Number Twenty Nine Fitzwilliam Street was one of ten houses on Fitzwilliam Street Lower and on Mount Street Upper restored by the Electricity Supply Board in 1988.
The decision to restore these buildings had its historical roots in a commitment by the Board given to Dublin Corporation in 1977 that in return for the Corporation allowing Electricity Supply Board to exceed standard plot ratios in the construction of office blocks facing James Street East and Baggot Street Lower, it would undertake to refurbish these keys houses in its property portfolio.
Since its last occupation for domestic use, in or around 1916, the house had been vacant up until its purchase by the newly formed Electricity Supply Board in 1928. It was then used as offices for the organisation until the late 1980s.
The decision to use one of the ten houses as a Georgian House museum, grew from the fact that in 1988 as part of the Millenium celebrations in Dublin city, the National Museum had staged an exhibition of Georgian furniture, ceramics, glass, and costumes, in Number 39 Merrion Square, an Electricity Supply Board property. Before the opening of the Collins Barracks site the National Museum of Ireland had little space in which to display its fine collection of Irish decorative arts and furniture. The success of the Millenium exhibition spurred further co-operation, and the idea for Number Twenty Nine was born as a showcase for such material, inspired in part by Georgian house museums in Edinburgh and Bath.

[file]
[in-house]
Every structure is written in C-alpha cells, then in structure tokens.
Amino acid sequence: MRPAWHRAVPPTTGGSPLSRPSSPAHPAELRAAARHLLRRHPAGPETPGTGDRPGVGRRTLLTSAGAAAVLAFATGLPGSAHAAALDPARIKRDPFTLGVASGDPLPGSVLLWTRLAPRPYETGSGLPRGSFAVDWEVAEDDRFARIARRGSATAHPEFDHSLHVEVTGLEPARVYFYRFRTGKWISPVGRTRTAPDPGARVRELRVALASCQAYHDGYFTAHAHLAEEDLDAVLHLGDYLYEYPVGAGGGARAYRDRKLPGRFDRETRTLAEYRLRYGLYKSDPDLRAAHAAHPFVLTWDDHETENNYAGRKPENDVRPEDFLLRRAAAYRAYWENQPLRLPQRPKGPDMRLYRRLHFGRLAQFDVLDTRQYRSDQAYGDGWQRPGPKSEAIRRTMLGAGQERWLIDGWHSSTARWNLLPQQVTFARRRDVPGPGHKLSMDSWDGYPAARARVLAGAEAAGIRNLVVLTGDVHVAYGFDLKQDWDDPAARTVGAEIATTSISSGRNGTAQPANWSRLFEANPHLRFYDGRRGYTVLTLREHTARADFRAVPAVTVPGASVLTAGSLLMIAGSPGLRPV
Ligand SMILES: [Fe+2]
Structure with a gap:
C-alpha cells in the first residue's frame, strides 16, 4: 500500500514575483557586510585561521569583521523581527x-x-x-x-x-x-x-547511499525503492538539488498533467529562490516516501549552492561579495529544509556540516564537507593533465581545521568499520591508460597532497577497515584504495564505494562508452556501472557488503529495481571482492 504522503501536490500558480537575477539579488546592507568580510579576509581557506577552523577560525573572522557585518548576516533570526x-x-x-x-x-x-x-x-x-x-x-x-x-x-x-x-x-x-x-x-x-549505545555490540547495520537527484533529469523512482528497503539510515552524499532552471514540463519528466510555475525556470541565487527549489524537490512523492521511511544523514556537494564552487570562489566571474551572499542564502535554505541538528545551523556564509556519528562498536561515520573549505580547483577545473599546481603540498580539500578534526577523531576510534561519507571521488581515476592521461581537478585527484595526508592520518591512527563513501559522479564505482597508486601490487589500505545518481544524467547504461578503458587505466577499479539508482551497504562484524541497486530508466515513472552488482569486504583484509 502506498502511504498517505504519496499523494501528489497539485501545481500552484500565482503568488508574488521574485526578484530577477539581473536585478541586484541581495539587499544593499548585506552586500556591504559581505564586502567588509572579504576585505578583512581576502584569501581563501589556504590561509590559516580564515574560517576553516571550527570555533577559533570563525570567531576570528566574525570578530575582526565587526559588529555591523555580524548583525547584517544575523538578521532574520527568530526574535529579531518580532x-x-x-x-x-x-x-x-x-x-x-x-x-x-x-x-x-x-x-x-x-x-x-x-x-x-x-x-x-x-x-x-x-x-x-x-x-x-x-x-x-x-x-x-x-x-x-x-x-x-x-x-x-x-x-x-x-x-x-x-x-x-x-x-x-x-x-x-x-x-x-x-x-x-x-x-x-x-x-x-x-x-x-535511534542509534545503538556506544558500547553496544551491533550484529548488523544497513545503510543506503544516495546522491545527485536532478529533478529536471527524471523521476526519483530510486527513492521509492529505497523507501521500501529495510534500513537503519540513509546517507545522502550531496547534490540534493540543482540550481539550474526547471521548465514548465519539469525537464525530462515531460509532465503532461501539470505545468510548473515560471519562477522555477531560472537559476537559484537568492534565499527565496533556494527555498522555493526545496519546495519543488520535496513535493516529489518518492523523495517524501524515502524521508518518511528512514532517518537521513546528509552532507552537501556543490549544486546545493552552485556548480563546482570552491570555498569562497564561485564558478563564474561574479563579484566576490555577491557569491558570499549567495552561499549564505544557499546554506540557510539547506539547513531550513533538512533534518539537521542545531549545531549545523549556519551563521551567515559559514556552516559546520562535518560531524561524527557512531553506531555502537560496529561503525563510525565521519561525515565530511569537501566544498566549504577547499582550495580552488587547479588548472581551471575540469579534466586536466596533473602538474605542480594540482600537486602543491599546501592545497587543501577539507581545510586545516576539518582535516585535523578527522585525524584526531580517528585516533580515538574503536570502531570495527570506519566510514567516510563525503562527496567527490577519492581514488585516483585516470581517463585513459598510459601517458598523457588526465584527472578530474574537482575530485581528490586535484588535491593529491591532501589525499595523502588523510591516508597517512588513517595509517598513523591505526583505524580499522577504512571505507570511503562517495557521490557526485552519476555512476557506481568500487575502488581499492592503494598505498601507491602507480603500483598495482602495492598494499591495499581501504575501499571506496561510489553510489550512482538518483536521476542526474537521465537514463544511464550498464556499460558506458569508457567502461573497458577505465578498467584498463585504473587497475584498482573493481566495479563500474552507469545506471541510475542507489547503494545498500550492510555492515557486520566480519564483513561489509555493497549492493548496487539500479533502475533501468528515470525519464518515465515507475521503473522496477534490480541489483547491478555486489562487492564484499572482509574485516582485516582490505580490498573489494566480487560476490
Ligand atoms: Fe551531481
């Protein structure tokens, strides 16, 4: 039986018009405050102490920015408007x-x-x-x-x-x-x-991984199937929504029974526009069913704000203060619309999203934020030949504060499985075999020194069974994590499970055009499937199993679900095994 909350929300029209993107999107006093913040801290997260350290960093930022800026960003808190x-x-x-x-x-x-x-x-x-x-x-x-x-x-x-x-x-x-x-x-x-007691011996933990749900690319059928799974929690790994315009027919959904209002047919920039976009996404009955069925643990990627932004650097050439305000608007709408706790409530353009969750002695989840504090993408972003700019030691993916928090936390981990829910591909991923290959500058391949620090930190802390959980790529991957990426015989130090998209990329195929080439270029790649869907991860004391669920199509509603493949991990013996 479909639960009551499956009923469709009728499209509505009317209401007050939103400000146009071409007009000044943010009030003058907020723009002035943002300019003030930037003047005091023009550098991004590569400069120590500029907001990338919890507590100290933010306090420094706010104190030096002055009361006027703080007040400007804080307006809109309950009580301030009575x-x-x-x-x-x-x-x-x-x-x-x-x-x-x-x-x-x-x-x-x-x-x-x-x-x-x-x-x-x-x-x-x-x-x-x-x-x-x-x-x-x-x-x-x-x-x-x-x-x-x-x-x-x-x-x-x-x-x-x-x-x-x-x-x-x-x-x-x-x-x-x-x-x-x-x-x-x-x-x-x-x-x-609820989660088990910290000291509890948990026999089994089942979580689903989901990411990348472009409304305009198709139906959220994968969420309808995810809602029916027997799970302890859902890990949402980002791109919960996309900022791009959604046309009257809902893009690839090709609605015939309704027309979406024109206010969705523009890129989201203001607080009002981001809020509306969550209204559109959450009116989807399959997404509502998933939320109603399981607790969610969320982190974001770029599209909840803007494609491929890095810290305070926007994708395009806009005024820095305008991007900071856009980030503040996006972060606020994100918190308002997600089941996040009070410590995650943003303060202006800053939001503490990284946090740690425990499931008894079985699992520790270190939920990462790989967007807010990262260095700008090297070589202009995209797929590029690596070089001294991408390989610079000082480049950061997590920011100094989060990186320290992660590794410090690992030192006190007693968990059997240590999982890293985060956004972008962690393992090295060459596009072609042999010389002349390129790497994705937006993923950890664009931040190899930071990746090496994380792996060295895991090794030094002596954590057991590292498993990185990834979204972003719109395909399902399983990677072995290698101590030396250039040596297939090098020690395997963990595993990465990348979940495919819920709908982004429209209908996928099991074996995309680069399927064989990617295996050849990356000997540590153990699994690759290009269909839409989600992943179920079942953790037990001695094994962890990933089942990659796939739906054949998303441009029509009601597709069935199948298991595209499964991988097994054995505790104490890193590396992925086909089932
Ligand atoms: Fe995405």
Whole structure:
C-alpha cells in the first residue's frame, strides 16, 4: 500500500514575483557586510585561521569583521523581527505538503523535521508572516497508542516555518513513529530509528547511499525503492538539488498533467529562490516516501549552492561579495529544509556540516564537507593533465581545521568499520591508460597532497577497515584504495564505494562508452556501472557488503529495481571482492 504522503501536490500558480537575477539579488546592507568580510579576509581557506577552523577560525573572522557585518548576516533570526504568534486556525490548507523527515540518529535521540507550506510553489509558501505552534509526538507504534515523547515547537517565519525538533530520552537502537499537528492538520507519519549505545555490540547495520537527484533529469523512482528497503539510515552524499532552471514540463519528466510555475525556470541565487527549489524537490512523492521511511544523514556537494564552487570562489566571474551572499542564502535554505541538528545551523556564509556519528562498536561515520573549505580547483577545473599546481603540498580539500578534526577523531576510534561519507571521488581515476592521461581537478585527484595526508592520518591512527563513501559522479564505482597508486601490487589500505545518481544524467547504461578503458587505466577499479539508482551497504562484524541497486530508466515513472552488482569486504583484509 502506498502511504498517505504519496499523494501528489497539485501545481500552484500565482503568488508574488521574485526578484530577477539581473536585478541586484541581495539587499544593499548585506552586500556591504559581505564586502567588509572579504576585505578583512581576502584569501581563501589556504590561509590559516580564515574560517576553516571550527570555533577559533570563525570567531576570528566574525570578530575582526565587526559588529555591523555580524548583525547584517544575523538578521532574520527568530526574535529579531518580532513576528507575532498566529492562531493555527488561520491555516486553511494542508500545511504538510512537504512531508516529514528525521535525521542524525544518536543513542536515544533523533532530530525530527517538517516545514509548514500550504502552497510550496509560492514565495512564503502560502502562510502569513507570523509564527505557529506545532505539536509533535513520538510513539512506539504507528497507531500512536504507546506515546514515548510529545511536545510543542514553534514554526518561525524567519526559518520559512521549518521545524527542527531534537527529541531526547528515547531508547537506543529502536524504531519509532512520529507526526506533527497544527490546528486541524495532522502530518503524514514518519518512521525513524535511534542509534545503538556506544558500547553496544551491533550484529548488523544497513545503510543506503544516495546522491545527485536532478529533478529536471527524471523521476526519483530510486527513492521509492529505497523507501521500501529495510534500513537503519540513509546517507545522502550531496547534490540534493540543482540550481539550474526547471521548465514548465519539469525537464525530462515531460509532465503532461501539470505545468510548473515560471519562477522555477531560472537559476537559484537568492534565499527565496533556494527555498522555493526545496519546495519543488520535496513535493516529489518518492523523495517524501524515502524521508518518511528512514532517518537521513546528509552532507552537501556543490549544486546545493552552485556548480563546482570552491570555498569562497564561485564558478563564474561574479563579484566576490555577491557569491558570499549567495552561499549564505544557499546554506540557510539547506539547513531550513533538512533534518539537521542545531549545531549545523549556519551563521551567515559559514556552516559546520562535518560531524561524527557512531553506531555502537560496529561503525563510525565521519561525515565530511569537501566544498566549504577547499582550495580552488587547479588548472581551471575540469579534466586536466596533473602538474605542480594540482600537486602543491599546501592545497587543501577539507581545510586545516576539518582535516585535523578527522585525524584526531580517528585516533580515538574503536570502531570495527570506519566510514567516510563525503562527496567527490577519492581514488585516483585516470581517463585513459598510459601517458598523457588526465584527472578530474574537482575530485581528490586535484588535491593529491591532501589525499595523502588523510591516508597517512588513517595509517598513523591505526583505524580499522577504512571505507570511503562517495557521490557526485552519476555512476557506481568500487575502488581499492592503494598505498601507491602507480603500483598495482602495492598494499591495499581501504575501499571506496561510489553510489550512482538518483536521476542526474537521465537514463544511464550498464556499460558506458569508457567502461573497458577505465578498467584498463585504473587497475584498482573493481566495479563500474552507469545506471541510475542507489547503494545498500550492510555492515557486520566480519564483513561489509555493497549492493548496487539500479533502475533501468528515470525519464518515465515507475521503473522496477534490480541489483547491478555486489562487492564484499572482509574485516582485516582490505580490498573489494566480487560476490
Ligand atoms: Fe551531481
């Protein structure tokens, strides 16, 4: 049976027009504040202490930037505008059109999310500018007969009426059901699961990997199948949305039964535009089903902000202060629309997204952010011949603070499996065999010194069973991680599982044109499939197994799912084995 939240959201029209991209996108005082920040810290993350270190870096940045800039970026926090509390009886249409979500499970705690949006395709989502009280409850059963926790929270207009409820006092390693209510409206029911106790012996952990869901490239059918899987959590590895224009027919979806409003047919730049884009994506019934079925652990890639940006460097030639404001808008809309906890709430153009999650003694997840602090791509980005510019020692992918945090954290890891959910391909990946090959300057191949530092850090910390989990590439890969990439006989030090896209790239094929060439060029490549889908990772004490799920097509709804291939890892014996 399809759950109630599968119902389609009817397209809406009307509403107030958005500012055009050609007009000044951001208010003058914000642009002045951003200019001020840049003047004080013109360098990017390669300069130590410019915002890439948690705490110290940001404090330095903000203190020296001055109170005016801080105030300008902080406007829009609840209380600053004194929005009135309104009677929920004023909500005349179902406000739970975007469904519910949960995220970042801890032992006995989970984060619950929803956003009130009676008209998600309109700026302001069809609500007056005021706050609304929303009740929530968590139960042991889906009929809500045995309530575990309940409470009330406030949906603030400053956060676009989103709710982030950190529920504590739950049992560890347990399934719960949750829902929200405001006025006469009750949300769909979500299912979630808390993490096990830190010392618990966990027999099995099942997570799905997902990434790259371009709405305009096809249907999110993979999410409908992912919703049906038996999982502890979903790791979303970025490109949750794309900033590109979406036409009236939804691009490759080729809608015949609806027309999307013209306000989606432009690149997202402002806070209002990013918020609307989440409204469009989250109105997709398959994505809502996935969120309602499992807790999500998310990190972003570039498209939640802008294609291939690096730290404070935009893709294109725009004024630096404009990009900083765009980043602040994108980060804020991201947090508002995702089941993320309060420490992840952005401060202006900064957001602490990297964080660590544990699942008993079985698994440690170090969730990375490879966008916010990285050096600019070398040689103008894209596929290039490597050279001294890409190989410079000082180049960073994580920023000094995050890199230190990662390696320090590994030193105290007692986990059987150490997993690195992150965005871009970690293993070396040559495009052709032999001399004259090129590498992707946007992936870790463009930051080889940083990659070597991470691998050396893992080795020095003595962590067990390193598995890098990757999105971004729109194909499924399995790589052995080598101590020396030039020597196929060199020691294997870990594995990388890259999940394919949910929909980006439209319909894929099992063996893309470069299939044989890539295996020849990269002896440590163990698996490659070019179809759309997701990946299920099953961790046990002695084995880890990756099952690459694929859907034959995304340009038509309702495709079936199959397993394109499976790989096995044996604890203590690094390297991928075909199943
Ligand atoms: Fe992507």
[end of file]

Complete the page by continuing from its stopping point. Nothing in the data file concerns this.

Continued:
The museum opened to the public in 1991 to celebrate Dublin's status as European Cultural Capital for that year. It is now run by Electricity Supply Board in association with the National Museum of Ireland as a museum of Dublin home life for the period 1790 to 1820, receiving over 400,000 visitors since its opening.
While much of the fabric of the original house has not survived, great care and consideration went into the development of the exhibition. Many original patterns have been used in the creation of features such as the fine wallpapers, carpets, and curtains, and considerable expertise was deployed in putting together the pieces of this historical jigsaw, and telling the previously untold story of middle class home life in a key period in the history of the nation and its capital.
The house has come alive again, and the building now plays host to a wide cross section of visitors, from Ireland, Europe, America, and beyond.